|The new Pennsylvania Depot in Plymouth created after the railroad's acquisition of the Vandalia line|
|The Vandalia Depot on South Main Street, South Bend, c. 1910. Studebaker's warehouse is on the right side of the photo in the background.|
In the early 1880s the Studebaker brothers, along with other prominent members of South Bend, began pushing for a rail alignment to open markets in the south. Up until this time, industry was connected to points east and west, but without direct links to the south. So to help move the project along, a corporation was formed, with Studebaker Bros. Manufacturing being the leading stockholder, that purchased right-of-way south from South Bend through Plymouth into Logansport and points further south. Their intention was not to personally build and operate the rail, but provide the easement on which a railroad could be constructed on the route the South Bend industrialists desired. The process moved a little slower than they had hoped, but eventually a railroad company was landed and the line became known as the Vandalia Railroad. Where was the northern terminus of the railroad? Immediately adjacent to the Studebaker warehouse between Main and Lafayette Streets, and immediately south of their administration building.
Later the Vandalia line was leased to the Pennsylvania Railroad which crossed the Vandalia in Plymouth. This became an extremely important hub for the Studebakers because it provided both the southern route they desired, but also permitted another east/west route to large markets yet untouched. It should be no surprise then, shortly after the Pennsylvania Railroad leased the Vandalia line, that a new depot station was constructed in Plymouth and their crossing even though the older Vandalia Depot in Plymouth remained.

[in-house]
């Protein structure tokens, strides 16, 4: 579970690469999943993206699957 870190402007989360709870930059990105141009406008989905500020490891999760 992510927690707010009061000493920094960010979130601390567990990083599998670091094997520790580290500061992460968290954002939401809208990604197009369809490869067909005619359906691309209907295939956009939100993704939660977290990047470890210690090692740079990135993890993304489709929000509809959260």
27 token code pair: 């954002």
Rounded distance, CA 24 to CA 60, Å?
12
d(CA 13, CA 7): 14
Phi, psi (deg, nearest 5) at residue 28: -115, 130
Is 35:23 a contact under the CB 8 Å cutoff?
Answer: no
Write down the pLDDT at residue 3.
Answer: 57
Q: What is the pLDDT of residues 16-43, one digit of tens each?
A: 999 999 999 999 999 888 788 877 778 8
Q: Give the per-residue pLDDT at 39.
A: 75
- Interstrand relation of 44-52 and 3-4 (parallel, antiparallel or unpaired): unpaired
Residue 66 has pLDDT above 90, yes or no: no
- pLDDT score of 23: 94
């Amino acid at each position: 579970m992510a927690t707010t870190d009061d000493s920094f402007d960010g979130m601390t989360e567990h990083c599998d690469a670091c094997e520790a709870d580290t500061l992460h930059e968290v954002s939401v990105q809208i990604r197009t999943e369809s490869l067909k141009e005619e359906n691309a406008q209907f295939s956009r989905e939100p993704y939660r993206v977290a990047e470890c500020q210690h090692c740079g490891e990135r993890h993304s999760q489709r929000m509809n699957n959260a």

|This photo of the Nickel Plate Depot in Plymouth was taken probably the last time the building was painted, which looks to be the early 1970s. The building is on Garro Street just west of the downtown.|
Union Station and the Vandalia Depot still exist in South Bend and have found important new uses. The situation in Plymouth isn't as bright for the city's remaining depots. The Vandalia Depot was demolished in the early 1990s, despite having been a stop for presidential candidates and future presidents. The Pennsylvania Depot that was built to accommodate the company's acquisition of the Vandalia line, sits vacant and deteriorating, but retains some vestige of its more elaborate past. Plymouth has one other depot that remains, albeit in a state of abuse and neglect. The Nickel Plate depot has seen its better days as well. Both the Pennsy and Nickel Plate Depots should be preserved-the difficulty is in getting a railroad completely uninterested in community development or pride, to agree.